Fundamentally, politics is not about the extremes. Too much time is spent arguing over positions, rather than making progress. (See "Getting to Yes" for more on this). To me, it basically comes down to the fact that liberals have a bit more faith in government, and bit less faith in markets. True conservatives are the opposite. Our system, ideally, allows for the battle of ideas, and the ebb and flow of debate. The best we can hope for is political leaders that do their best to do what they say they will do. Rarely do we see this any more. Instead, we see "conservatives" using government to advance social and international agendas from which our constitution is set up to protect us. And "liberals" pushing tired agendas of large government programs that will collapse from their own weight in time.

The recent Business Week cover story is much closer to getting it right. Government is less relevant by the day. Global economic forces are impacting monetary policy, labor markets, education and innovation. Power is moving, sometimes slowly, sometimes haltingly, but inexorably, to the individual. Richard Florida has said: "The real economic driver of this age is human creativity." Some may wait for government to solve the world's problems. Not me. Those that will harness human creativity and lead our society forward are less likely to be found in government, than in the ranks of activists and entrepreneurs.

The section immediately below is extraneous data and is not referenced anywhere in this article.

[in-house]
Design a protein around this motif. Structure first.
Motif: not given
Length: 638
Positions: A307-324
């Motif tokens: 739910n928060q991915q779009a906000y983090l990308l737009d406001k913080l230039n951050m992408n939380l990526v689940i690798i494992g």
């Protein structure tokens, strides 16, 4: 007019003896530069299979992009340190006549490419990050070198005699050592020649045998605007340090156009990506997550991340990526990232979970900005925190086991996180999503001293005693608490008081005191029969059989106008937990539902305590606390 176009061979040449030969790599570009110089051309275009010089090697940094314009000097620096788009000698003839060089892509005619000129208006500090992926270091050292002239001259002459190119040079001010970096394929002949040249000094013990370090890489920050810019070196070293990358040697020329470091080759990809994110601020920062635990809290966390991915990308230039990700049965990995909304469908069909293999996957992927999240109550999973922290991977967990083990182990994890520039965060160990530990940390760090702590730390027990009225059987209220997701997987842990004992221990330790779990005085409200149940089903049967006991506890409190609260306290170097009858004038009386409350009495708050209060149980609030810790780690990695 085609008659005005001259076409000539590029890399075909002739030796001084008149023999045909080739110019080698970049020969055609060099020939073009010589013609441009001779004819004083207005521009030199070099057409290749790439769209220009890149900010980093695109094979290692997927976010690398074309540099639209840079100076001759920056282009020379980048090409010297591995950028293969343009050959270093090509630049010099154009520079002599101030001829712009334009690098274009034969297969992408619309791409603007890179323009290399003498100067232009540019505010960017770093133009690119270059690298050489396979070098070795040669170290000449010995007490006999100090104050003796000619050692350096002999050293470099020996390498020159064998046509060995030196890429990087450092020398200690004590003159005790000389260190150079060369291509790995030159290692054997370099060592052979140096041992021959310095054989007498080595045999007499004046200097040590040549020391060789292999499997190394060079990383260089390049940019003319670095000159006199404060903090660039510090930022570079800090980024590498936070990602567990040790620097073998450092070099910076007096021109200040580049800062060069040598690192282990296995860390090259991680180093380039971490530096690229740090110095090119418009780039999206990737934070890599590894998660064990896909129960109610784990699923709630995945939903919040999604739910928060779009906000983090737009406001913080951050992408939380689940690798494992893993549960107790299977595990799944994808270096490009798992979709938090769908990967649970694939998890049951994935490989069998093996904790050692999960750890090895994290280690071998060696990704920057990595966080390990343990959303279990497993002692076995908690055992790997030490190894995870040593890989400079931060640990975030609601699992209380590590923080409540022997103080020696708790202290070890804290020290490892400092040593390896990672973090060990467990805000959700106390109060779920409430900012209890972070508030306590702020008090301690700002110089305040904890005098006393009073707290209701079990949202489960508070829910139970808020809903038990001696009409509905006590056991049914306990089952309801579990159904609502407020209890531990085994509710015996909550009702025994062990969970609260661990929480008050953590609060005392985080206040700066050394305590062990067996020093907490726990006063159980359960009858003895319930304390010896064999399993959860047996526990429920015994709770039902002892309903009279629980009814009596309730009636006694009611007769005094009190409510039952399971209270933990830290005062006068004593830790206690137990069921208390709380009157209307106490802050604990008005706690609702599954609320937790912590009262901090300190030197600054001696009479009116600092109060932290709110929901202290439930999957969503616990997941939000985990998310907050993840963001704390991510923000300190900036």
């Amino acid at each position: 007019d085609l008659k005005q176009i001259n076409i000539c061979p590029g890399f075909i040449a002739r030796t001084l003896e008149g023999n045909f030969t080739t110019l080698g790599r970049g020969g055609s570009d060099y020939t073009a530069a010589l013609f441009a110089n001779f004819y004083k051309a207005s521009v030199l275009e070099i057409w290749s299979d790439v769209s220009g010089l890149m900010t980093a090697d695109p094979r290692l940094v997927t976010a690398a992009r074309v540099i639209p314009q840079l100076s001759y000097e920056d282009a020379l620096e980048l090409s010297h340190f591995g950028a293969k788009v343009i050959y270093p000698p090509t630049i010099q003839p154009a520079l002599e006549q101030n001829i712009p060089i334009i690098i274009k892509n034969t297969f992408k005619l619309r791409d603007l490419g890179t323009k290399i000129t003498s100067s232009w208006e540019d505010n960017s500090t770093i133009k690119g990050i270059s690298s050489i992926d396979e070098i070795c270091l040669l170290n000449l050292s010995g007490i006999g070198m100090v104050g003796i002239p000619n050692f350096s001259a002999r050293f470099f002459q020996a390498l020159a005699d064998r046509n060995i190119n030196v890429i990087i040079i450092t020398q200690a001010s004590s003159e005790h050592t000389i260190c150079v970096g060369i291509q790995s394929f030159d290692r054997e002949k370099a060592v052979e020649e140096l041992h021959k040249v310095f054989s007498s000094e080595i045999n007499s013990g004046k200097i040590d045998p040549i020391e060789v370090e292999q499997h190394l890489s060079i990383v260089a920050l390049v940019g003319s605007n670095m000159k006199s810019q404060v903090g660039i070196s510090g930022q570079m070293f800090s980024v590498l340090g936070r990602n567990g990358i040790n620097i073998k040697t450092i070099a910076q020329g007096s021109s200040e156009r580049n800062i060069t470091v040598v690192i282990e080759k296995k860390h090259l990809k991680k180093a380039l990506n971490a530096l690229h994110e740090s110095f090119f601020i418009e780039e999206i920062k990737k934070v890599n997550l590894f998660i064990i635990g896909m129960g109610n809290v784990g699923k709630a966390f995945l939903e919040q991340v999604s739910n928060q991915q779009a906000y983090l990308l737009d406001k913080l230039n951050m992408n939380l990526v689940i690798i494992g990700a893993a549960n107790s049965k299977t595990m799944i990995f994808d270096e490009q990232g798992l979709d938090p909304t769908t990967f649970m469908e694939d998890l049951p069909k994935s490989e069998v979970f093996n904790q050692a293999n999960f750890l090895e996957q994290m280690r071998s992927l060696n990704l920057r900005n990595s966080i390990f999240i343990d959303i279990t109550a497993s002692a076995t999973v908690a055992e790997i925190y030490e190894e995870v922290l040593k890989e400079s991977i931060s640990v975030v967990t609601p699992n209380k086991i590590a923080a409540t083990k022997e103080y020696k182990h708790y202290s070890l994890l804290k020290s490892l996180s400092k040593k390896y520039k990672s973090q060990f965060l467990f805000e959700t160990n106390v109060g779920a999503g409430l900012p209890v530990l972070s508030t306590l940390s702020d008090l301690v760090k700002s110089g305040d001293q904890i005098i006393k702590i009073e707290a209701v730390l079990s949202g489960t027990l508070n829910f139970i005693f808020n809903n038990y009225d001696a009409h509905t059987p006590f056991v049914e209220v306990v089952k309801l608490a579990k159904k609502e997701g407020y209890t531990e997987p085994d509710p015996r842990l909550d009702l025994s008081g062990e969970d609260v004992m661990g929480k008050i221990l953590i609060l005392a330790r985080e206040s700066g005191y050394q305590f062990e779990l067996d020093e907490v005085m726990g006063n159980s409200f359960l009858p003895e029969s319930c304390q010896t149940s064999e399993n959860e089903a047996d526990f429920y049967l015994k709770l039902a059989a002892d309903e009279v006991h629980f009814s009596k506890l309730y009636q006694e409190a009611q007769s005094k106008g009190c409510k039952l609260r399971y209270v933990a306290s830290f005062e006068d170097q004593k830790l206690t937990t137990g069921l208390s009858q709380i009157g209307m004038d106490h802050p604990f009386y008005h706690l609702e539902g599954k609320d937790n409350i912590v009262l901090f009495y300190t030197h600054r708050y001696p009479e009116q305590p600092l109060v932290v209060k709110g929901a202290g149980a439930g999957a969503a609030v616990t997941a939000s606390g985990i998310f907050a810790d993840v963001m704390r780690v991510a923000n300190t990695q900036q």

My next post will return to BOPreneurs. Thank you for your indulgence of a somewhat tangential post.

Saturday, November 04, 2006 where are you?